Выбор редакции

White House trade adviser Peter Navarro won’t attend Trump-Xi dinner


This story is being published by POLITICO as part of a content partnership with the South China Morning Post. It originally appeared on scmp.com on Nov. 21, 2018.

Peter Navarro, the controversial White House trade policy adviser and a famous China hawk, will not be on the guest list when U.S. President Donald Trump meets his Chinese counterpart Xi Jinping in Buenos Aires on December 1, according to a source with knowledge of the matter.

“Navarro will not attend the summit,” the person told the South China Morning Post on condition of anonymity.

The source added that Beijing and Washington were still in the process of finalizing the list of advisers taking part in the key diplomatic event that could influence trade and economic relations between the world’s two biggest economies for years to come.

The South China Morning Post reported earlier that Beijing and Washington are in intense preparatory talks for the summit – a dinner meeting at which each president is likely to be accompanied by six aides.

The Trump administration’s decision to exclude Navarro – a key figure behind the trade war with China – from the high-stakes dinner in Argentina comes amid signs from both sides that they want to make progress on the dispute at the summit.


White House chief economic adviser Larry Kudlow said in an interview with Fox Business News on Tuesday that Trump was trying to “inject a note of optimism” into trade talks with China.

“He [Trump] believes that China would like to have a deal,” Kudlow said, adding there were “very detailed communications” between China and the U.S. taking place at all levels of government.

With Navarro excluded, other candidates to accompany Trump to the dinner include Kudlow, U.S. National Security Adviser John Bolton, Secretary of State Mike Pompeo, Treasury Secretary Steve Mnuchin, Commerce Secretary Wilbur Ross, U.S. Trade Representative Robert Lighthizer and US ambassador to China Terry Branstad.

Earlier this month, Navarro, an outspoken anti-China voice and author of the book Death By China, accused Wall Street “globalist billionaires” of acting on Beijing’s behalf, and in their own interests, in seeking a truce in the trade war.

“Consider the shuttle diplomacy that is now going on by a self-appointed group of Wall Street bankers and hedge fund managers between the U.S. and China,” Navarro said on November 9. “As part of a Chinese government influence operation, globalist billionaires are putting the full court press on the White House in advance of the G20 in Argentina. The mission of these unregistered foreign agents – that’s what they are, unregistered agents – is to pressure this president into some kind of a deal.”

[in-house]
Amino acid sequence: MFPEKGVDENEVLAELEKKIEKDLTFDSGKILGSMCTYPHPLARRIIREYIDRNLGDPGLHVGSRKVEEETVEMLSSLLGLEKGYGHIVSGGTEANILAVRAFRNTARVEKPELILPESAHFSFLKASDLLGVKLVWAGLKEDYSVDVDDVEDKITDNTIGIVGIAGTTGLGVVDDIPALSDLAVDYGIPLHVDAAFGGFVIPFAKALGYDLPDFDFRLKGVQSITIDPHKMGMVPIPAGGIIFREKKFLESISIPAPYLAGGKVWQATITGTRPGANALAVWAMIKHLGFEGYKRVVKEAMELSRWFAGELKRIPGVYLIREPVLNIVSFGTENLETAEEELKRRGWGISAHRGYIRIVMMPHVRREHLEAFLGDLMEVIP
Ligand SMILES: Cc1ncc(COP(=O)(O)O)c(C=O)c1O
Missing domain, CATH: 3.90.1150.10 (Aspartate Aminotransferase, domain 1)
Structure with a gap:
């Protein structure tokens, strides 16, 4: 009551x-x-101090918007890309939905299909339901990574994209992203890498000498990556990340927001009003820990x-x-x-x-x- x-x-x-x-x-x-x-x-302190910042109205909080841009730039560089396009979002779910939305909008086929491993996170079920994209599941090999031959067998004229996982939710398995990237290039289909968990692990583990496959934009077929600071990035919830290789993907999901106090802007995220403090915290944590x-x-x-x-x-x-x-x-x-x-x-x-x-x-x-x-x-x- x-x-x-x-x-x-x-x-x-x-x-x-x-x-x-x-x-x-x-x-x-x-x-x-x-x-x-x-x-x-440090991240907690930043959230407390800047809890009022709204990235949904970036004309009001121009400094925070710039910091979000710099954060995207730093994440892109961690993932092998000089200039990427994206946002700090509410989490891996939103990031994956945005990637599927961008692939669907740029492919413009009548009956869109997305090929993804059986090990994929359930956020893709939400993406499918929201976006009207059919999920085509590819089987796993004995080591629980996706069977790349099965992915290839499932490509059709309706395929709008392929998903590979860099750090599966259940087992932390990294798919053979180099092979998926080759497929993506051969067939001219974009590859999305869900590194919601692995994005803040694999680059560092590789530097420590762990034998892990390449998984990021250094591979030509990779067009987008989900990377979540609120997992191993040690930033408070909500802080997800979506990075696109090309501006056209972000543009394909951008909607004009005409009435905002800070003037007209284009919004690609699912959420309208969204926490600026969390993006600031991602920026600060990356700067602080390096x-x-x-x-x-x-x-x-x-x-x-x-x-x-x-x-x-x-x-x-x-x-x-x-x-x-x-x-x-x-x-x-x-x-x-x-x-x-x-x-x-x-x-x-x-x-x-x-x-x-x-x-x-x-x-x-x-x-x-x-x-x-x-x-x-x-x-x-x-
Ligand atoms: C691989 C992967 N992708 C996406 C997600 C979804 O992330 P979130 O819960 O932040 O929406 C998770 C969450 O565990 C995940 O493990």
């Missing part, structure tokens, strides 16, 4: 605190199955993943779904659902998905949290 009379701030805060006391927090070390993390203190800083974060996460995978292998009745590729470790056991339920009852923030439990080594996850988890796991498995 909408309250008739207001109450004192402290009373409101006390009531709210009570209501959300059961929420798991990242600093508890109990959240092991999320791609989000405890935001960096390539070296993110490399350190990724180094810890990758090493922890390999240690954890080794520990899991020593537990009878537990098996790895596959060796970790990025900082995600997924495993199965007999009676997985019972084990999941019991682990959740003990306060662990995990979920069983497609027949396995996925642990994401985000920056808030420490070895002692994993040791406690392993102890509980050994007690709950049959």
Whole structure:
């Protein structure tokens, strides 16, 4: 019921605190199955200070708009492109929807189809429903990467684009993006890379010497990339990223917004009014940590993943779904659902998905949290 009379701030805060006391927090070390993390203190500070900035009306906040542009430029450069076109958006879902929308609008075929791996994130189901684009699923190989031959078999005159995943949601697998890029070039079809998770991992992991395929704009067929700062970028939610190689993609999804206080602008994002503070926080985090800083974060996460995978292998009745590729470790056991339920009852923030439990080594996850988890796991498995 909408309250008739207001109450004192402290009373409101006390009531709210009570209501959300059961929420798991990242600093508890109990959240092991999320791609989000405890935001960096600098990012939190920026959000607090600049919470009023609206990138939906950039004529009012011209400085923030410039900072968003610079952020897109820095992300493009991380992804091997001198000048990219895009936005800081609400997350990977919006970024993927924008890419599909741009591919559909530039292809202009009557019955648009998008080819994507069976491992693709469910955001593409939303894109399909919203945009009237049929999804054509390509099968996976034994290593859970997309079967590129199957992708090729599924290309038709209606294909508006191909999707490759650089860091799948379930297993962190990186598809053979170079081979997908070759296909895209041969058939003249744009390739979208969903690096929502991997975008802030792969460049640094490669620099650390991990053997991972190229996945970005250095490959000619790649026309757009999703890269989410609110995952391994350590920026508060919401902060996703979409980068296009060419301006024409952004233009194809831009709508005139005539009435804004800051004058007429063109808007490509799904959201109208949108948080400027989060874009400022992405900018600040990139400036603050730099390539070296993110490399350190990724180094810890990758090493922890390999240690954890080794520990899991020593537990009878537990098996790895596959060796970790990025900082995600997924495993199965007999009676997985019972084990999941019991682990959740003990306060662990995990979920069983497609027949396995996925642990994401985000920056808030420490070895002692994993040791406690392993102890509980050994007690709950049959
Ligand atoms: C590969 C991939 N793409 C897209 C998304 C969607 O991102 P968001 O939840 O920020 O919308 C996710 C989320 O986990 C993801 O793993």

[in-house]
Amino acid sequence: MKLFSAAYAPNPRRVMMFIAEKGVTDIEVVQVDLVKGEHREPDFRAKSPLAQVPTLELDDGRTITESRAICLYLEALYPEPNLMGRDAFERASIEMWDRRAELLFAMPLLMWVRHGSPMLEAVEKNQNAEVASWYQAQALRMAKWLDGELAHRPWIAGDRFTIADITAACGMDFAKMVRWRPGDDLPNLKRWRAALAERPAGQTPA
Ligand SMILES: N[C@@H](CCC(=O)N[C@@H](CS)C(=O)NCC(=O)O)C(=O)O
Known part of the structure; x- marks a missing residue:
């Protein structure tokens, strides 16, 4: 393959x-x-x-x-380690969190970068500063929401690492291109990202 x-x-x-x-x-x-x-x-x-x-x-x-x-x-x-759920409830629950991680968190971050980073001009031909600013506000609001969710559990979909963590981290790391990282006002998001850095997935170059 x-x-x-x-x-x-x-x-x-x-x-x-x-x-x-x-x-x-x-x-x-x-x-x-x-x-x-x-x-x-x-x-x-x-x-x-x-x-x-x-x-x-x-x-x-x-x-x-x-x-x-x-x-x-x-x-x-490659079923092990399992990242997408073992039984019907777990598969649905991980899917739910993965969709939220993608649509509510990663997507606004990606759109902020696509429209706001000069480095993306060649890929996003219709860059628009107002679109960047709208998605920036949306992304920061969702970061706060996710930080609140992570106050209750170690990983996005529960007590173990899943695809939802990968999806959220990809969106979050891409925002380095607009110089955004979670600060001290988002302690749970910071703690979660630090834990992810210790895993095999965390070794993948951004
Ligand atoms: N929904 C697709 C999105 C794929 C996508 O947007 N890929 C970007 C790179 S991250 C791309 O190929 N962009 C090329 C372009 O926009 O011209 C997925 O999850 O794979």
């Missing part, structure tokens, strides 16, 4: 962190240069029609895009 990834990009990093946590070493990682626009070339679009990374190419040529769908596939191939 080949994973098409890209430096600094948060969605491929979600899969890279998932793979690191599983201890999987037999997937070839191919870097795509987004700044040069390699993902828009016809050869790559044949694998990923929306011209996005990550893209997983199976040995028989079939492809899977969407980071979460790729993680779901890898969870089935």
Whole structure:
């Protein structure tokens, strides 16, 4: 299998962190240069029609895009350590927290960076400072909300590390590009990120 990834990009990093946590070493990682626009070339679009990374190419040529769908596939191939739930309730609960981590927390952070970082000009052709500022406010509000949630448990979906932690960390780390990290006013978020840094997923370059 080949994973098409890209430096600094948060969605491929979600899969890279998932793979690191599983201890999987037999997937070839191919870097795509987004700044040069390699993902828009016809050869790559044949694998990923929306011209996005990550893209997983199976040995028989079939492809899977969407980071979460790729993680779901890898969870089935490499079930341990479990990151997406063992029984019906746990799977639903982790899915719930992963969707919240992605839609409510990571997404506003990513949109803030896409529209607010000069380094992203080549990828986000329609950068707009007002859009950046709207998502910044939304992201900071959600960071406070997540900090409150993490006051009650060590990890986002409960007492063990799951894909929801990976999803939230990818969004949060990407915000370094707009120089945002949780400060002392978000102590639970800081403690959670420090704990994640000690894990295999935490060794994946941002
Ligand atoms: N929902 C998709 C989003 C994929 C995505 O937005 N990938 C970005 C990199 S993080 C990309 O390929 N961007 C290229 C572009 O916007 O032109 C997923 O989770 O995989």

Kudlow dismissed Navarro’s accusations a few days later, calling his comments “way off base”.


“I actually think he did the president a great disservice. I think Peter very badly misspoke. He was freelancing, and he’s not representing the president or the administration,” Kudlow said in an interview with CNBC.

Trump has significantly toned down his rhetoric about China and trade since late September, when the administration imposed 10 percent tariffs on $200 billion worth of Chinese imports.

From July 6, when Washington slapped the first round of duties on Chinese goods, to the most recent tariff announcement on September 18, Trump tweeted about China 20 times, trade 42 times and tariffs 21 times.

Since then, Trump has only mentioned China five times – the latest on November 1, when he said he had a “a long and very good conversation” with Xi on many subjects, with a “heavy emphasis on trade”. He has mentioned tariffs twice since September 18, and trade 19 times – mostly in reference to the renegotiation of the North American Free Trade Agreement, or in relation to other trade partners.

Meanwhile, his administration is divided between the hard-line hawks like Navarro and Lighthizer seeking maximum concessions from China versus pragmatists like Kudlow and Mnuchin who are more willing to seek a compromise – and that will make it more difficult for Trump and Xi to reach any deal.

Lighthizer, the U.S. trade chief and a key architect of the tariff war, released a report on Tuesday saying China had so far failed to change the behavior that had prompted the U.S. to impose tariffs on around $250 billion worth of Chinese goods.


He made the statement in conjunction with an update to the U.S. investigation into China’s intellectual property theft under Section 301 of the 1974 Trade Act. That investigation and its initial report in March provided the legal basis for Trump to impose tariffs on nearly half of all U.S. imports from China.

“This update shows that China has not fundamentally altered its unfair, unreasonable and market-distorting practices that were the subject of the March 2018 report on our Section 301 investigation,” the trade chief said in a statement.

Alan Wheatley, an associate fellow of international economics at British think tank Chatham House, said U.S.-China relations would be bumpy with or without an agreement on a trade war ceasefire in Argentina.

“The U.S. has made it clear that it regards China as posing a much broader strategic challenge to U.S. economic and military supremacy,” Wheatley said. “A truce would spell welcome short-term relief to nervous global markets but wouldn’t be a game-changer for relations between the two.”

Additional reporting by Chad Bray


Article originally published on POLITICO Magazine

]]>
НОВОСТИ ПО ТЕМЕ